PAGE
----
Technological advancement, new competitors and audiences who want content accessible whenever and wherever they require across multiple platforms, has made it extremely vital for newsrooms to be innovative in new and creative ways. In journalism this year major newsrooms have been taking risks and experimenting with the latest technology and storytelling platforms. These experiments were highlighted in the Trends in Newsrooms report. But this report also highlighted the fact that these news outlets such as the The New York Times, BBC and The Guardian have the resources in their hands.
The report released by WAN-IFRA looked beyond these large outlets and gave a spotlight to smaller newsrooms that are also innovating in big ways and engaging in experimental storytelling. Brian Veseling, WAN-IFRA’s senior editor, states that “Frequently, stories about innovation focus on developments from publishers such as The New York Times and The Guardian, and while these companies have an amazing record of achievement, there are many other news publishers around the world who are also undertaking efforts to inform and engage their audiences in new and intriguing ways.”
Below are some smaller outlets in which have ignored their size and achieved success in thinking outside the box and being creatively inventive.
VietnamPlus, in Vietnam used the art of rap to draw in the attention of a younger audience. The news anchors at this outlet rap the news of the day set to hip-hop music. Editor-in-chief stated that it took some convincing to get the newsroom management to agree to the idea, but it obviously paid off as the initial video released gained 1 million views after being online for only 48 hours. RapNews is now a regular part of this newsroom and a youtube channel RapNewsPlus is completely dedicated to the segment.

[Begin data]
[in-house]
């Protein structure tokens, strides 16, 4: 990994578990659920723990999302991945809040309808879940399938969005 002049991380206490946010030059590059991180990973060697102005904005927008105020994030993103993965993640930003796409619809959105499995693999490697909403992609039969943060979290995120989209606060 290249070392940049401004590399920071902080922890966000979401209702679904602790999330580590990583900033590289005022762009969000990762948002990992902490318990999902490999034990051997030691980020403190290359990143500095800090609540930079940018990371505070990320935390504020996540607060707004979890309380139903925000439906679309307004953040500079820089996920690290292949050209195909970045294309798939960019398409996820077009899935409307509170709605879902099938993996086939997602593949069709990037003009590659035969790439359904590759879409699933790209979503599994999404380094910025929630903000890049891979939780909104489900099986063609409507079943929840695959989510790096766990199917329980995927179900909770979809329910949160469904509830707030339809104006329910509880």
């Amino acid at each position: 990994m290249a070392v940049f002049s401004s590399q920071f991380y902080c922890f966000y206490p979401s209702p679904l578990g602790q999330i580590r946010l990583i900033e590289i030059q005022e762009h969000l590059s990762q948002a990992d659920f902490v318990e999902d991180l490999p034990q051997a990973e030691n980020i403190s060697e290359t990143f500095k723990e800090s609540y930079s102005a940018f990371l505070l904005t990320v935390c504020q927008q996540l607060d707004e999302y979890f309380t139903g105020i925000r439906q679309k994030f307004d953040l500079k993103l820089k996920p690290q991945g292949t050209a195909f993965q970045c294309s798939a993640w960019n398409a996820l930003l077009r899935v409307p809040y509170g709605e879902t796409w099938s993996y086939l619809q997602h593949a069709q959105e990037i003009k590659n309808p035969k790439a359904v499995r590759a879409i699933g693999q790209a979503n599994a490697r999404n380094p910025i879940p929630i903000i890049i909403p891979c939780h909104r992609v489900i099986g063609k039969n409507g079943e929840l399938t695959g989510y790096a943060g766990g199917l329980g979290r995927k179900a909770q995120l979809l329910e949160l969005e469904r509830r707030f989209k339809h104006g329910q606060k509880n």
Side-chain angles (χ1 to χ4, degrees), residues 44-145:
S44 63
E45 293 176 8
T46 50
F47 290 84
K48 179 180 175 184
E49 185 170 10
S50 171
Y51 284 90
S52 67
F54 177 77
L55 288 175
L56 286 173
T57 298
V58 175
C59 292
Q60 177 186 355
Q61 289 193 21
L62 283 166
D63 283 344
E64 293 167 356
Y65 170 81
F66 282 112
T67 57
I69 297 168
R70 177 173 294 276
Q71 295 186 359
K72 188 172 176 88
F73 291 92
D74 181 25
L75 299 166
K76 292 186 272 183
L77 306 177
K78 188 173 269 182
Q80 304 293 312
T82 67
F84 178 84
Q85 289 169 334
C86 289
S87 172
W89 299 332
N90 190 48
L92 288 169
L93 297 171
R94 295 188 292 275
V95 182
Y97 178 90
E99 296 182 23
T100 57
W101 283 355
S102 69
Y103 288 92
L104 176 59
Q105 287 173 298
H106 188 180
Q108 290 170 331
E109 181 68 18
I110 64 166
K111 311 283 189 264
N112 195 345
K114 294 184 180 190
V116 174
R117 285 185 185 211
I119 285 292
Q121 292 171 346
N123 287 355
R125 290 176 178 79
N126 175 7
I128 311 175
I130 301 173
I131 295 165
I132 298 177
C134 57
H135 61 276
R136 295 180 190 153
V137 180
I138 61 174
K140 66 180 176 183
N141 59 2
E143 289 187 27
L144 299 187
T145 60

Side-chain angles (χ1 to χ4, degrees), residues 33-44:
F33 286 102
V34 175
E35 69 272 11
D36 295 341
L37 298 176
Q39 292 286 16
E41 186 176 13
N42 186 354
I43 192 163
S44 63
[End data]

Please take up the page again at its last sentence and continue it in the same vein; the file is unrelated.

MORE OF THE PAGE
The newspaper Mawbima in Sri Lanka used it’s paper to tackle and bring recognition to a major health problem. Dengue fever infected close to 46,000 people in 2014 and in order to help with the spread of this deadly disease, the paper imprinted it’s pages with mosquito repellent. Mawbima found that mixing citronella essence, which repels mosquitos, with ink, the paper itself would stop mosquitos biting. The paper also ran articles on how to prevent dengue and gave mosquito repellent patches to schoolchildren.
De Morgen, a Flemish daily newspaper has been applauded for experimenting with the visual layout of their paper in order to set them apart from competitors. The paper focuses on a visually appealing layout to present their content in an interesting way. The format of the newspaper was changed from Broadsheet to Berlin which introduced a very modern and unique page-layout. Innovative ideas can been seen throughout the entire paper. De Morgen creates a youthful, positive and future-orientated image and was named one of the four newspapers in the world with the best design from the Society for News Design.
Innovation isn’t just about using new technology to engage audiences, but creatively incorporating new ideas and ways shake up the usual ways of the newsroom or paper in order to gain attention and appreciation from a wider audience.